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UMMS students produce hand sanitizer for nearby hospitals amid COVID-19 pandemic

By Kylee Denesha and Bryan Goodchild

UMass Medical School Communications

April 10, 2020

In a time of dire need, as medical professionals are working to care for patients during the COVID-19 pandemic and critical supplies of protective gear are running low, students in the Graduate School of Biomedical Sciences at UMass Medical School produced nearly 130 gallons of hand sanitizer in less than three days to help sustain local hospitals. 

“We wanted to find a way to get the graduate students involved in this effort,” said MD/PhD student Peter Cruz-Gordillo, a member of the UMMS COVID-19 student task force. “By the day, COVID-19 cases are increasing. There’s a great need for sanitizer not just for hands, but also to clean off the PPE. We thought this would be a great opportunity to help.”

Six students, working with staff from the Environmental Health and Safety and Environmental Building Services departments, received temporary essential personnel status so they could work inside the Lazare Research building.

Under specific aseptic instruction and behavioral precautions, the students followed World Health Organization guidelines to gather their reagents.

“We were given a directive because of the surge that’s coming,” said Cruz-Gordillo. “With the help of UMMS leadership, we solicited donations of supplies from faculty. We were able to collect what we needed for production; it was beautiful.”

Nicholas Rhind, PhD, professor of biochemistry & molecular pharmacology, supplied materials, as did many other faculty.

“I had hydrogen peroxide in my lab, which the students said they needed as soon as possible,” Dr. Rhind said. “Watching them figure it out themselves, use their solution making skills and come up with a practical plan was impressive.”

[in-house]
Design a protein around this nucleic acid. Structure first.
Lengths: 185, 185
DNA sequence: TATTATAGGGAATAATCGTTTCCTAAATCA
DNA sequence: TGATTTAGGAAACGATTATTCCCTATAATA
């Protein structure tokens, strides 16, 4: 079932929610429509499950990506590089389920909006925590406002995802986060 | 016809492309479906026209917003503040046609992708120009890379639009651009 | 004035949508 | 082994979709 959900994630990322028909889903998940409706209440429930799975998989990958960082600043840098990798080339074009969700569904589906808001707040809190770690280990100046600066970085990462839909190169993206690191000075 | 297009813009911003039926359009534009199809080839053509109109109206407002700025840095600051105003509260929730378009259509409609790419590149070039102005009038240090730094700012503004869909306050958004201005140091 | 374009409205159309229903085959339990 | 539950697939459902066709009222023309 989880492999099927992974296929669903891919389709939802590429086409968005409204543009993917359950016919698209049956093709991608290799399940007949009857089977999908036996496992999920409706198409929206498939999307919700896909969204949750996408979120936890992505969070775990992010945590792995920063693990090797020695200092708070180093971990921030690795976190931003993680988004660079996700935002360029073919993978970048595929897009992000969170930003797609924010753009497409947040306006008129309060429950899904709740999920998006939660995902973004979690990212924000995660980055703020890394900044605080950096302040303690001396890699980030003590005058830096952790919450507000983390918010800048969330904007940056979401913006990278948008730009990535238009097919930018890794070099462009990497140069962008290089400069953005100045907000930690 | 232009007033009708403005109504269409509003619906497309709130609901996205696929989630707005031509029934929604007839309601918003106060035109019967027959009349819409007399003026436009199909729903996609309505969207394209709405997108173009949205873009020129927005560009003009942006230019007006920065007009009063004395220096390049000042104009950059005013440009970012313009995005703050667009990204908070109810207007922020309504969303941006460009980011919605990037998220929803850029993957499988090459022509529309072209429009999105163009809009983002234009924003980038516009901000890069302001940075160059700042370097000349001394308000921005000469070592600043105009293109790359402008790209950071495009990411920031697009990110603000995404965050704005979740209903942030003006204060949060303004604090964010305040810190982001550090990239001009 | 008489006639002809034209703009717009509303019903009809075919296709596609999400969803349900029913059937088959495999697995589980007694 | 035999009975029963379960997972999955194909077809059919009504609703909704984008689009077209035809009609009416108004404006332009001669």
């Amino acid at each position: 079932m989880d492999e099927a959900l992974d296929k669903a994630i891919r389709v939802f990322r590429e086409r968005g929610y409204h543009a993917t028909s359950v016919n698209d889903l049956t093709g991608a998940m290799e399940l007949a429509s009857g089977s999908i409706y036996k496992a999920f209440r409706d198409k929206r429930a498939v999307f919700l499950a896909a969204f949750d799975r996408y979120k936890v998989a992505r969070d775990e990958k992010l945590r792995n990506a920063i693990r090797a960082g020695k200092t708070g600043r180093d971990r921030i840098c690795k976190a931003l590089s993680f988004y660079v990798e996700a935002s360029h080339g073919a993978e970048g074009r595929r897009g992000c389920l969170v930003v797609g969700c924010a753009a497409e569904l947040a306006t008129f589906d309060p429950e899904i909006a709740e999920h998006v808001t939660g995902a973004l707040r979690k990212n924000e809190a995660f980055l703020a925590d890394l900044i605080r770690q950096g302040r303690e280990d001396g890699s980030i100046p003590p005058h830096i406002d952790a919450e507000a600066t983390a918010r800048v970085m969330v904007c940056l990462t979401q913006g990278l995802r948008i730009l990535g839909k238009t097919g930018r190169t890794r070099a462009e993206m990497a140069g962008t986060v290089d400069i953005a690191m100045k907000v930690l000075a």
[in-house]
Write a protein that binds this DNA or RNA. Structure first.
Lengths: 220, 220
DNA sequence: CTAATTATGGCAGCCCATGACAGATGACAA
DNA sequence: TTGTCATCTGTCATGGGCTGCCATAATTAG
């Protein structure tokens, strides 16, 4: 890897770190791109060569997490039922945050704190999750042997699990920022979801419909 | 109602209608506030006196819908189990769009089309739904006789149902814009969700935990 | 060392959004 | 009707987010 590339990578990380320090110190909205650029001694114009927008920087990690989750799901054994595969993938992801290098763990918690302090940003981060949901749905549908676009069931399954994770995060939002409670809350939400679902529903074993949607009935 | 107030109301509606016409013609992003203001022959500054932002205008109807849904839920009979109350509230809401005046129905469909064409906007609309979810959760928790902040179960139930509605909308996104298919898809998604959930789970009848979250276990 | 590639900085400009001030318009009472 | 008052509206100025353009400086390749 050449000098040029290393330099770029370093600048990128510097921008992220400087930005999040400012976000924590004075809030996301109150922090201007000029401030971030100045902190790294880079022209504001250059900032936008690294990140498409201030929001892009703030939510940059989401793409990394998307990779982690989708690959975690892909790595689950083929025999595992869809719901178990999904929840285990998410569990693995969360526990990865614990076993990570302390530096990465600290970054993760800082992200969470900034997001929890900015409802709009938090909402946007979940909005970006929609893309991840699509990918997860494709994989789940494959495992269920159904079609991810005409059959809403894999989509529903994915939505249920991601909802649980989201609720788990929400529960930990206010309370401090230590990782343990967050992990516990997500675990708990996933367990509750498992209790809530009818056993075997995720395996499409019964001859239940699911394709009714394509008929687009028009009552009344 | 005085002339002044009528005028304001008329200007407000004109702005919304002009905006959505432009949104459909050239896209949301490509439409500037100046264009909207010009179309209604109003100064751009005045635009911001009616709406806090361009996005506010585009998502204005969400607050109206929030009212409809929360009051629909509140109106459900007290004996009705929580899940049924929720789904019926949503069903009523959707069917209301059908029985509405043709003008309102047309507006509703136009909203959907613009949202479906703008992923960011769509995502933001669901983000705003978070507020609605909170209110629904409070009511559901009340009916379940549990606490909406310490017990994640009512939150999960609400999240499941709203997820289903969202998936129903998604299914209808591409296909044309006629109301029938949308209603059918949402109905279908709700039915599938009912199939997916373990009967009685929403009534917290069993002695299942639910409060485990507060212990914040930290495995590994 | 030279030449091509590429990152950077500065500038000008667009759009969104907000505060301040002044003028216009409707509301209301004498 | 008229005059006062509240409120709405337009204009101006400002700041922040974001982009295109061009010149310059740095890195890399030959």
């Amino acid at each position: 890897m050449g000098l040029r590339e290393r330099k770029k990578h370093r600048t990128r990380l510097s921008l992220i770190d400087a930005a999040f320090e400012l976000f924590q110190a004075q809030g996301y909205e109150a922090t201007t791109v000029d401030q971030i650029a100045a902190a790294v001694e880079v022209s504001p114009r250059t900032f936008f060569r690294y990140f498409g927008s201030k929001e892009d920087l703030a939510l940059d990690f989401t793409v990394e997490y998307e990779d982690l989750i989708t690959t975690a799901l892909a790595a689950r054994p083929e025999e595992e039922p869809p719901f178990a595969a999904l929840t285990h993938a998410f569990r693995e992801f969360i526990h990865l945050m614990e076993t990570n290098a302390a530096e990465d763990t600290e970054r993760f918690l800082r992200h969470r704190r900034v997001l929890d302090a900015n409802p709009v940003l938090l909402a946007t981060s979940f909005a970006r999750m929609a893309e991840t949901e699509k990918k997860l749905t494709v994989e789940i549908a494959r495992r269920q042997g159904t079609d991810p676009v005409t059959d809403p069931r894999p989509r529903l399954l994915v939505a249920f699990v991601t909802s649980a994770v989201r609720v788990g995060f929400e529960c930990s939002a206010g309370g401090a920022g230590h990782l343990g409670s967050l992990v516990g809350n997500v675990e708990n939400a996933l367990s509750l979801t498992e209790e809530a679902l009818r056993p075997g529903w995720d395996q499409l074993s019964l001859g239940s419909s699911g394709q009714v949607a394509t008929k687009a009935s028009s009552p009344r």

Students combined ethanol, hydrogen peroxide, glycerol and sterile, cold water. The final product is multipurpose, and will rapidly deactivate the virus and help reduce transmission.

“These are junior scientists who are trained in laboratory and chemical safety, and competent to put together any compound needed for hospital use,” said Tomás Rodriguez, MD/PhD student and task force member. 

“What a terrific and all-out effort by all,” said JoAnn Ranslow, CHMM, chemical and laboratory safety manager. “Thank you to all those involved.”

Kathy O’Shea, director of housekeeping services at UMass Memorial Medical Center-University campus, said she was impressed.

“With the abundance of calls we receive every day for sanitizer in our public spaces, it is a relief to know that we have students working hard to help,” O’Shea said.

Cruz-Gordillo said the sanitizer will be delivered to UMass Memorial Health Care hospitals, UMass Medical School and the field hospital at the DCU Center in the coming days. 

The students say they plan to make another 100 gallons, and they also hope to hand their procedure off to Environmental Health and Safety so more hands can produce and distribute sanitizer, if the need is present.